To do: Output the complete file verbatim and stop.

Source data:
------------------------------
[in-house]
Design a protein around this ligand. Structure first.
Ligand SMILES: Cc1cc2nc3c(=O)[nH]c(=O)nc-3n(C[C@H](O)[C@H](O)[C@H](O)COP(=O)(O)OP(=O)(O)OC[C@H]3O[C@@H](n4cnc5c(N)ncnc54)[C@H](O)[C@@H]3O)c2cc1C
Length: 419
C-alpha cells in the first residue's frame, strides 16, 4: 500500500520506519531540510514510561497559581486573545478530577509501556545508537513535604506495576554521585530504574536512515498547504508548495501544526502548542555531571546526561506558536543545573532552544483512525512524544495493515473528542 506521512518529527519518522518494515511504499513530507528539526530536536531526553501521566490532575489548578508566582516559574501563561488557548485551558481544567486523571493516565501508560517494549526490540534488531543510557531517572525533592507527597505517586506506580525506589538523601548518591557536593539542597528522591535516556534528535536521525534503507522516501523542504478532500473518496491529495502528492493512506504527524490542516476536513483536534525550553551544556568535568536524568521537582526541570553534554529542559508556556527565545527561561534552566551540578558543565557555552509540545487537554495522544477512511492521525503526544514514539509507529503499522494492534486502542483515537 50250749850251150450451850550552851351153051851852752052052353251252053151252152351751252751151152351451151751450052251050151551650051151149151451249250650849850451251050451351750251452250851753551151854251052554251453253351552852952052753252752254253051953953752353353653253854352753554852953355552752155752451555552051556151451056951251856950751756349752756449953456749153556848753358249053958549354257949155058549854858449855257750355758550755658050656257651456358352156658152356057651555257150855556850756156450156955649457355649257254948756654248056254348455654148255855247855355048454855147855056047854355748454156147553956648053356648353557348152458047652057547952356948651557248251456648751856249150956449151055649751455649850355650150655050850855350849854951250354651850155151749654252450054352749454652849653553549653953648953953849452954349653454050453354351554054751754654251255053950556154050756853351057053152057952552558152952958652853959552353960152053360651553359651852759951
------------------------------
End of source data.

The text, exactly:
[in-house]
Design a protein around this ligand. Structure first.
Ligand SMILES: Cc1cc2nc3c(=O)[nH]c(=O)nc-3n(C[C@H](O)[C@H](O)[C@H](O)COP(=O)(O)OP(=O)(O)OC[C@H]3O[C@@H](n4cnc5c(N)ncnc54)[C@H](O)[C@@H]3O)c2cc1C
Length: 419
C-alpha cells in the first residue's frame, strides 16, 4: 500500500520506519531540510514510561497559581486573545478530577509501556545508537513535604506495576554521585530504574536512515498547504508548495501544526502548542555531571546526561506558536543545573532552544483512525512524544495493515473528542 506521512518529527519518522518494515511504499513530507528539526530536536531526553501521566490532575489548578508566582516559574501563561488557548485551558481544567486523571493516565501508560517494549526490540534488531543510557531517572525533592507527597505517586506506580525506589538523601548518591557536593539542597528522591535516556534528535536521525534503507522516501523542504478532500473518496491529495502528492493512506504527524490542516476536513483536534525550553551544556568535568536524568521537582526541570553534554529542559508556556527565545527561561534552566551540578558543565557555552509540545487537554495522544477512511492521525503526544514514539509507529503499522494492534486502542483515537 50250749850251150450451850550552851351153051851852752052052353251252053151252152351751252751151152351451151751450052251050151551650051151149151451249250650849850451251050451351750251452250851753551151854251052554251453253351552852952052753252752254253051953953752353353653253854352753554852953355552752155752451555552051556151451056951251856950751756349752756449953456749153556848753358249053958549354257949155058549854858449855257750355758550755658050656257651456358352156658152356057651555257150855556850756156450156955649457355649257254948756654248056254348455654148255855247855355048454855147855056047854355748454156147553956648053356648353557348152458047652057547952356948651557248251456648751856249150956449151055649751455649850355650150655050850855350849854951250354651850155151749654252450054352749454652849653553549653953648953953849452954349653454050453354351554054751754654251255053950556154050756853351057053152057952552558152952958652853959552353960152053360651553359651852759951